The life of luxury at Louvre Abu Dhabi

The museum’s latest exhibition explores 10 millennia of opulence. (Getty)
Updated 15 November 2019

The life of luxury at Louvre Abu Dhabi

ABU DHABI: “10,000 Years of Luxury” — the Louvre Abu Dhabi’s eighth and latest exhibition — sheds light on how the multidimensional notion of luxury transformed overtime, from the ancient to the modern era, stretching from the Americas to the Far East. It runs until February 18.

Based on a universal theme that is being explored on a grand scale for the first time in the Middle East, it is a fascinating presentation of 350 sumptuous items of art, jewelry, fashion, tableware, and furniture, all on loan from renowned international museums, design and fashion houses, including the collection of the Louvre Abu Dhabi.

“In today’s world, luxury is, of course, everywhere,” Olivier Gabet, the director of Paris’ Musée des Arts décoratifs and the exhibition’s curator, said during a press preview. “I saw luxury when I left Paris yesterday and I saw luxury when I arrived in Abu Dhabi yesterday, as well. It’s a notion that shapes our world. I think that museums are always about knowledge, enjoyment, sharing — but also giving people clues to understand the world they live in.”




Olivier Gabet is the director of Paris’ Musée des Arts décoratifs and the exhibition’s curator. (Getty)

As the exhibition proves, the beauty of luxury lies in its contrasting nature. It represents different things to different people. It can be miniscule and monumental, simple and elaborate, tangible and abstract, personal and public. Above all, it is an emblem of sophistication, exclusivity, connoisseurship, and the highest level of craftsmanship.

A “dialogue between civilizations” is how the curator describes the contents of the show, which is spread across 12 rooms. Naturally, given the region’s rich history in the production of diverse forms of art, many of the showcased objects — particularly the older ones — hail from the Middle East.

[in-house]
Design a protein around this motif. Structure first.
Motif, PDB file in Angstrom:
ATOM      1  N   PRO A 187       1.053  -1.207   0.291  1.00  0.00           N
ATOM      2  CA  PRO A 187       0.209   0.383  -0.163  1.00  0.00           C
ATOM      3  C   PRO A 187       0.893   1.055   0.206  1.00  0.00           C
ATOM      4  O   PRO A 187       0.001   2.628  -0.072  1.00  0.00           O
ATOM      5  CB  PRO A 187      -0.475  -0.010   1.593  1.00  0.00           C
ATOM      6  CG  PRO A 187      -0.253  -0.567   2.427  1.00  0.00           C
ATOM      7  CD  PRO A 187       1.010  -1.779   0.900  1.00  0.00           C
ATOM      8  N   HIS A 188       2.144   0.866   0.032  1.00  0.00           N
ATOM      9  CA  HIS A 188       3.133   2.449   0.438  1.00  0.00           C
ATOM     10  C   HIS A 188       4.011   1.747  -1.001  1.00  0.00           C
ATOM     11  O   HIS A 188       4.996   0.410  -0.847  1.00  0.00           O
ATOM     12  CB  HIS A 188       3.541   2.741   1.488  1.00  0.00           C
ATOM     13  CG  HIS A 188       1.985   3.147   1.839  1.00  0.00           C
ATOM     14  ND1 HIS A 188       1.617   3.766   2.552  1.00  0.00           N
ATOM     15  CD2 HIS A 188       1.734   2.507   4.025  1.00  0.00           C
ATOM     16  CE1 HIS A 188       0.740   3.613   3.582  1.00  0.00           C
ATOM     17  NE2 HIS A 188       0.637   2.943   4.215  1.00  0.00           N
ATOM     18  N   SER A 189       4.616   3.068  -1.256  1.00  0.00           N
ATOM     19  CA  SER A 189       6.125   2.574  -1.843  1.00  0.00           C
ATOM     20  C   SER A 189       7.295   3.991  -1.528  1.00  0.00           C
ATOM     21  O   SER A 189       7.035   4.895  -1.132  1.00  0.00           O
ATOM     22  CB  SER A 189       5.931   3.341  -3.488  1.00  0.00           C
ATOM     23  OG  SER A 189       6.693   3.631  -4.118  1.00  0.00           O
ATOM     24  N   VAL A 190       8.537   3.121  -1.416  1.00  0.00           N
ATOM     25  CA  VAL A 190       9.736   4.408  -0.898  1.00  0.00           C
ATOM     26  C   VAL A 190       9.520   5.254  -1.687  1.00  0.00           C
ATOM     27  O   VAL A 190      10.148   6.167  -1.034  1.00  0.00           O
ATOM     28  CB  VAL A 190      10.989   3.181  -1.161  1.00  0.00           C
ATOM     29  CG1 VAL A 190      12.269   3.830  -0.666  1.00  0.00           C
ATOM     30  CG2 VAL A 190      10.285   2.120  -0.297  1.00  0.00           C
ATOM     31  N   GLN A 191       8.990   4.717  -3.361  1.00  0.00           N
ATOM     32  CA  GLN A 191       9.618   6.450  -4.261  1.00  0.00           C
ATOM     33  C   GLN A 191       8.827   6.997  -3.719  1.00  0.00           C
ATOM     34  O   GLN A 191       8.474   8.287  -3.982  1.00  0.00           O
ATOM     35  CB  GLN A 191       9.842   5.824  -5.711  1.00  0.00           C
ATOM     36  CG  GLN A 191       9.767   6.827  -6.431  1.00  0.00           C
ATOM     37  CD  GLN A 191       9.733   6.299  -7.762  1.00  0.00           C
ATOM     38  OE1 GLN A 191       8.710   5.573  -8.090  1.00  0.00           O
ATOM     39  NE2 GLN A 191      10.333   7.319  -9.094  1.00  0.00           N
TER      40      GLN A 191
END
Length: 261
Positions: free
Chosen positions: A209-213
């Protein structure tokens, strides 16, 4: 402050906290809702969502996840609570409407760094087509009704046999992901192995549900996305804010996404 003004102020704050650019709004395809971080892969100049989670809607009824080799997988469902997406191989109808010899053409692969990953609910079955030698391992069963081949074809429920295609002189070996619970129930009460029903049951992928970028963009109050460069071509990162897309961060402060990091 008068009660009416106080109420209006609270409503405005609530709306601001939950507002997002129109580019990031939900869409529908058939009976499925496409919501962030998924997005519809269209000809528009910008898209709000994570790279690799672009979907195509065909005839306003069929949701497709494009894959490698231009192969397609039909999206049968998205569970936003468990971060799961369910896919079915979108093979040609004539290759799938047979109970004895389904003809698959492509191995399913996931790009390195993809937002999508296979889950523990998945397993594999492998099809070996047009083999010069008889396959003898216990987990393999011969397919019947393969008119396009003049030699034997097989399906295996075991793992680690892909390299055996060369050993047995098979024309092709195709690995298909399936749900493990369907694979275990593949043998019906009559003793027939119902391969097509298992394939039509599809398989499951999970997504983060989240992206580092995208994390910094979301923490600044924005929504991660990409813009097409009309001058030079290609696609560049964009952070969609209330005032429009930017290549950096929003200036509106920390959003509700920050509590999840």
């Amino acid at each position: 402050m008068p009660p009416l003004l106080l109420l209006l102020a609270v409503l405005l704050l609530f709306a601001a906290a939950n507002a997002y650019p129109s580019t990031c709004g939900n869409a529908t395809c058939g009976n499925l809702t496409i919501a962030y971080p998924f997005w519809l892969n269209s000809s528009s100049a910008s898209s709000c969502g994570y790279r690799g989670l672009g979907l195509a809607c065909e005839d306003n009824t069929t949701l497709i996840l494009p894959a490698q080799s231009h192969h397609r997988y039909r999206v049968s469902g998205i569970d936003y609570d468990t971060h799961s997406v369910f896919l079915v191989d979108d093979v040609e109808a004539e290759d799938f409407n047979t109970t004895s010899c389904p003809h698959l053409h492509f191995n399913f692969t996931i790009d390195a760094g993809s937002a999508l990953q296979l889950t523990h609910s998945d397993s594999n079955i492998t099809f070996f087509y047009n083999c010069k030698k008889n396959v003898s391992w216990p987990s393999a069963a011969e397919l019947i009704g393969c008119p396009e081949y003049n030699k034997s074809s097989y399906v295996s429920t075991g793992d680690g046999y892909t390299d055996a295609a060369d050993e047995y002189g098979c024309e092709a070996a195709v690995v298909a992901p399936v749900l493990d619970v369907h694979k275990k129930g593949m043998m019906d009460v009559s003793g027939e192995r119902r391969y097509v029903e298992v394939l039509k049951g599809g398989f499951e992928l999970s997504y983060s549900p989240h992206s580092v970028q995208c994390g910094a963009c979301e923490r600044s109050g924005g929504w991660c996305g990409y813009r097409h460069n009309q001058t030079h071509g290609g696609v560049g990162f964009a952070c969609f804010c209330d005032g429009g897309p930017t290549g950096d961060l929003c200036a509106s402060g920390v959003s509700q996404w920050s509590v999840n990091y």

In fact, as soon as one enters the dimly lit show, a glimpse of Abu Dhabi’s history is on view through an exciting recent find on Abu Dhabi’s Marwah Island  — the world’s oldest pearl. It is 8,000 years old and less than one centimeter in size. Pearl diving was a dangerous but lucrative trade, which was a mainstay of the UAE’s economy, pre-oil. Aside from its rarity, the size of the pale pink beauty is what makes it precious. As Gabet aptly put it: “Small is beautiful, always.”




Gabet made note of an elegant silk cape from 1989 created by the French fashion designer Yves Saint Laurent. (Supplied)

Next to the tiny pearl is a bedazzling, nine-strand, Indian-designed pearl necklace from the late 1800s, formerly belonging to the iconic Egyptian singer Umm Kulthum. The story goes that the UAE’s founding father, Sheikh Zayed bin Sultan Al-Nahyan, gifted this piece of jewelry to the singer when she visited the Emirates in the early 1970s.

From Greater Syria, there is a beautiful selection of ancient earrings, pendants, bands, and pearls — extracted from the coastal city of Ugarit (known today as Ras Shamra), which was a hotspot for metallurgy during ancient times. These little scraps of gold — a material regarded as the ‘flesh of the Gods’ in the eyes of the Ancient Egyptians — represent what is known as ‘funerary jewelry,’ which was likely placed in tombs to accompany the deceased to the afterlife.  

The dexterous artisans of Egypt were famed for their refined skills in the visual and textile arts, and the exhibition includes a massive Mamluk wool carpet from the late 15th century, embellished with intricate geometric patterns. In another room, a voluptuous enameled mosque lamp is inscribed with a dedication to the Mamluk ruler Sultan Baybars II, who likely commissioned the piece.




The Indian-designed pearl necklace from the late 1800s formerly belonged to the iconic Egyptian singer Umm Kulthum. (Supplied)

In the more-modern sections of the exhibition, haute couture becomes dominant, with dresses from the popular Lebanese designers Elie Saab and Rabih Kayrouz, and Tunisia’s Azzedine Alaia on display.